It is about to get harder for both the Obama administration and the mainstream media to downplay the New Black Panther party scandal.
The mainstream media did their best to ignore this blatant case of voter intimidation by two New Black Panther party members at a Philadelphia polling place on Election Day 2008. Though the threatening behavior was captured on videotape, Obama political appointees dismissed the case on the eve of a default judgment. When in early June a key trial team member, Justice Department attorney J. Christian Adams, resigned and then testified before the U.S. Commission on Civil Rights, the media grudgingly reported on his testimony.
But, despite Adams’s testimony that the case was indicative of a widespread aversion in the Voting Section to colorblind enforcement of the civil rights laws, the media framed the story as an isolated case unworthy of continuing coverage. After all, just one witness was claiming that this was the mindset in the Justice Department. And besides, the head of the Civil Rights Division, Thomas Perez, had testified before both Congress and the commission that the case was legally and factually defective. He had also insisted there was no opposition in the department to enforcing civil rights laws against minority defendants.
In fact, there is ample evidence, including Justice Department emails obtained by The Weekly Standard, that Perez testified untruthfully. There is every reason to believe, moreover, that if allowed to testify, several other Justice Department attorneys would substantiate Adams’s allegations and contradict Perez’s sworn testimony. Not to mention that the department itself acknowledged last week that the matter of biased enforcement of voting laws requires investigation.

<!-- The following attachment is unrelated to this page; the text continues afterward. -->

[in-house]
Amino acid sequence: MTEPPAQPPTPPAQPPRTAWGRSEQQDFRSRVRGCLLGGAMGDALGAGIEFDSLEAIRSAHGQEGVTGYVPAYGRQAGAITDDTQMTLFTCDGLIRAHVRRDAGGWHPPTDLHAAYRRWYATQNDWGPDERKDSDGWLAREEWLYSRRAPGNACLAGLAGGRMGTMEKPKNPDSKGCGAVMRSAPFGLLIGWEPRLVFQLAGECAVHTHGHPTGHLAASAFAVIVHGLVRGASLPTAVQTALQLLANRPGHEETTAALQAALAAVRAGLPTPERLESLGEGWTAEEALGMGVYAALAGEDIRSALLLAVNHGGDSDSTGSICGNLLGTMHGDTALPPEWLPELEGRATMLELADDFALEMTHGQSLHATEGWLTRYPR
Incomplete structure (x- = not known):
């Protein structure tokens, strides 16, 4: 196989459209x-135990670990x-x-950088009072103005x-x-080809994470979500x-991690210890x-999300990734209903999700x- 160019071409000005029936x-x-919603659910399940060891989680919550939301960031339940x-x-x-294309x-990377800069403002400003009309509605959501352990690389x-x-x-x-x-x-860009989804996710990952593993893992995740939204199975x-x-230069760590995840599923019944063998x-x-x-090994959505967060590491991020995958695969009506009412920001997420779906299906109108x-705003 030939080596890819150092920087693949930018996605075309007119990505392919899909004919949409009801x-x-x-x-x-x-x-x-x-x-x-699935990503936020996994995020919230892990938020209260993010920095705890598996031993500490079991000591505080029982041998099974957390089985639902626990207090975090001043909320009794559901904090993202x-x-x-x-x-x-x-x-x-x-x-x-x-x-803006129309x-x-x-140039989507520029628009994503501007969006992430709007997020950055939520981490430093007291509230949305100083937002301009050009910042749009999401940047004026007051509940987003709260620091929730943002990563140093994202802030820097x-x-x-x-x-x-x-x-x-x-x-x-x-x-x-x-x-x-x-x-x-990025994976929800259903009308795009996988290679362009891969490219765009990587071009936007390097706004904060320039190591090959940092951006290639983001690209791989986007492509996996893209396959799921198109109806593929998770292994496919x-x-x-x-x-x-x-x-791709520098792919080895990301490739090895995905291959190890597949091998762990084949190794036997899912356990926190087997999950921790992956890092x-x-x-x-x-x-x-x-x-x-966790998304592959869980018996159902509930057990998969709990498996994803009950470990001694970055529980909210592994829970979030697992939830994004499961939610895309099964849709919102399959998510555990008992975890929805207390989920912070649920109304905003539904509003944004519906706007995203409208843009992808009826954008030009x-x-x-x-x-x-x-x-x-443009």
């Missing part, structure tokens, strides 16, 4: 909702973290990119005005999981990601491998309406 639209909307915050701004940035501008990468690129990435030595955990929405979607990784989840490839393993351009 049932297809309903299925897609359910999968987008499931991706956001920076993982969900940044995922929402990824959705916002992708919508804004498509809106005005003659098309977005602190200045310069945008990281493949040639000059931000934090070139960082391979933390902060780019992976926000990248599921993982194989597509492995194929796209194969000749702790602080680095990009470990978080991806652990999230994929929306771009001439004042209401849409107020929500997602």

Until now, the Justice Department has refused to allow its lawyers to testify. On April 21, Jody Hunt, director of federal programs, whose office oversees the department’s dealings with other branches of government, emailed Adams’s attorney. Hunt explained:
On behalf of the Department of Justice, I have communicated to the Commission that your client has not been authorized to give testimony at the hearing. Indeed, as I understand it, your client has not been scheduled by the Commission to provide testimony at the hearing. The Commission has accepted the Department’s offer to hear testimony from Tom Perez, the Assistant Attorney General for the Civil Rights Division, at a separate hearing to be scheduled in May.
Department sources say that members of the trial team objected strongly and raised their objections with Hunt in writing. On May 11, for example, Adams emailed Hunt. He challenged the basis for the department’s refusal to allow his testimony, referring to his attorney’s legal citations. He then implored the department to change its position:
I would ask you to reconsider this decision and authorize at least one of the individuals who had factual and legal familiarity with the case to provide information to the Commission, whether me, former Voting Section Chief Christopher Coates, Deputy Chief Robert Popper, Attorney Spencer Fisher, or all four of us.
Adams specifically warned Hunt of the danger to the department in allowing an attorney unfamiliar with the New Black Panther party case, Perez, to testify instead of the attorneys who had the most direct knowledge of the case:
The first reason that the decision should be reconsidered is that there is the risk that inaccurate statements will be made about the case. I do not suggest that the scheduled witness will knowingly make false statements. Rather, my concern is that the scheduled witness did not participate in the case whatsoever, and will instead rely on characterizations of the facts and law provided by other Department employees, which I have reason to believe may be wildly inaccurate at best. Over the last several months, unattributed statements about the case by Department officials have been cited in media reports that are demonstrably false. Because the statements are never attributed, it is impossible to know whether these are people entirely unfamiliar with the matter, or are individuals upon whom the scheduled witness will rely. If the latter, there is a genuine risk that the scheduled witness will unknowingly provide inaccurate and incorrect testimony about the case. This could result in an extremely embarrassing situation for both the witness and the Department. . . . If the scheduled witness were to testify that there was no evidence, or insufficient or inadmissible evidence, to support agency liability [the legal theory for holding the New Black Panther Party and its head responsible], such testimony could prove to be grossly inaccurate.
He also warned Hunt: